Africa is still lagging in terms of literacy worldwide. There is a lot that need to be done to improve the levels of literacy in the African continent and meets the education needs for children and adults. This should be evident in every training structure for all education levels. Literacy and training students should go hand in hand so that they can get the requisite knowledge that can help them not only in their studies but also in life in general. The Sustainable Development Goal 54 will go hand in hand with the type of literacy levels envisioned in Agenda 2030. The literacy goals in Africa have to also align with the African Union’s Agenda 2063 that prioritizes education as a development factor in the continent.Literacy Rate in Africa
Capacity-building among important resource persons
If literacy levels are to rise in Africa, the national officials and experts have to be empowered. This can be achieved through capacity building. The idea is to ensure that the literacy and non-formal education are incorporated in the societal policies, monitor, and evaluate the efforts at the national level. This will increase the level of literacy within the continent.How to improve Literacy in Africa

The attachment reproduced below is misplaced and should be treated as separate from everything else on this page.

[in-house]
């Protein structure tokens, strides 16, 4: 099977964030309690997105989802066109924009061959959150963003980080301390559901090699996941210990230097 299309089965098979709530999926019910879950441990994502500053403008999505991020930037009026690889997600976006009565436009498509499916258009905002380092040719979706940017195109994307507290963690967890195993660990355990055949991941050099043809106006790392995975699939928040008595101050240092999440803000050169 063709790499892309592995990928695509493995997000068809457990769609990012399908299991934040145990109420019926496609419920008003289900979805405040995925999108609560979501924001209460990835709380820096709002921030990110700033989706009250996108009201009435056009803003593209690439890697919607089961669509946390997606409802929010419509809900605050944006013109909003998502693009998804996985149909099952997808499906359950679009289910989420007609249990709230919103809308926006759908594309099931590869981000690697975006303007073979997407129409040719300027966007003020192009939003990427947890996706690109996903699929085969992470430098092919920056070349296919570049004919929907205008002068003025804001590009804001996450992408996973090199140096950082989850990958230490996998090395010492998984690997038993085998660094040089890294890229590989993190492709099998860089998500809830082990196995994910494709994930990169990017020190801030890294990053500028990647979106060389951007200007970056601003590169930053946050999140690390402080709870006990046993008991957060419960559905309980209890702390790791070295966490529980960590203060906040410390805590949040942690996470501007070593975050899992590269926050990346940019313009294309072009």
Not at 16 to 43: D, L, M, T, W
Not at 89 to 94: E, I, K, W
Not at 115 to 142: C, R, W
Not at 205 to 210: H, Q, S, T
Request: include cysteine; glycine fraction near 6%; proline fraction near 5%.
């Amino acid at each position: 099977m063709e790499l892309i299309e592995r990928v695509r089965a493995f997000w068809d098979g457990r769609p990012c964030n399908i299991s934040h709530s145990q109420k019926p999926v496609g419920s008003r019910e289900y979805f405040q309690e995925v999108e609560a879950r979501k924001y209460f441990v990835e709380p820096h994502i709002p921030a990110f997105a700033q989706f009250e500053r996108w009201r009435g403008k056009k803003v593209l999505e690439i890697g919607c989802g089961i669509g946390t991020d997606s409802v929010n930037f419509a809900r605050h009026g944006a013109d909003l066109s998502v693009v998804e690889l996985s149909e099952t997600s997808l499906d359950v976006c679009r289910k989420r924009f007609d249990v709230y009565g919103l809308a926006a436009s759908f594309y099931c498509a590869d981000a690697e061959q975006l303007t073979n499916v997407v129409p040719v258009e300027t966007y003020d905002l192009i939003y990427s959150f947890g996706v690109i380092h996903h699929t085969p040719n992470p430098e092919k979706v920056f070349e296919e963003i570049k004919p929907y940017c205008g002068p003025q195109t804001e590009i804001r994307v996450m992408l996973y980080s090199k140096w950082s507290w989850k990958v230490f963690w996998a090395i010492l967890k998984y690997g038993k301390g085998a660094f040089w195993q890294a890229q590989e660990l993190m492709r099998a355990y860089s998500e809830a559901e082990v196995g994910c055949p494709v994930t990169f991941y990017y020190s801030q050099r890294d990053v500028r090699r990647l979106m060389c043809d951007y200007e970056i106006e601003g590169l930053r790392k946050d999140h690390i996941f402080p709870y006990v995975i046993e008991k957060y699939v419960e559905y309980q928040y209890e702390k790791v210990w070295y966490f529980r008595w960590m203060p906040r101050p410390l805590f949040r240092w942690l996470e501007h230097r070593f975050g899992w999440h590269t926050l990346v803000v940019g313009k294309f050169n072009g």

Learning has to be interactive so that it addresses the ideological, political, economic, and social aspects of the people. It must also shun any discrimination that hinges in gender, age, geographical, or any other form.
Responsive and inclusive literacy
The vision for the literacy levels in Africa must be responsive and inclusive. This will see the adjustments to globalization, rapid change, and new challenges. As such, the literacy envisioned in Africa will need to mainstream the goals of sustainable development agenda for 2030.
Allocating more resources for literacy and non-formal education
Some countries in the African continent have channeled more funding to the education sector, thereby decreasing the illiteracy rates. In Burkina Faso, Mali, Niger, and Senegal have dedicated part of their budget t education an literacy programs with others expected to follow suit.
Reforming the curriculum
New curricula ought to be advocated for within the African continent, especially in the values, culture, and societal unity of the people. The approach here should be bottom-up that pegs on the needs, realities, and aspirations on the African nations together with the communities therein.
All these efforts are necessary to improve the level of literacy in African. They also require a team effort from various stakeholders, starting with the African governments, institutions, and local communities, not forgetting financial partners.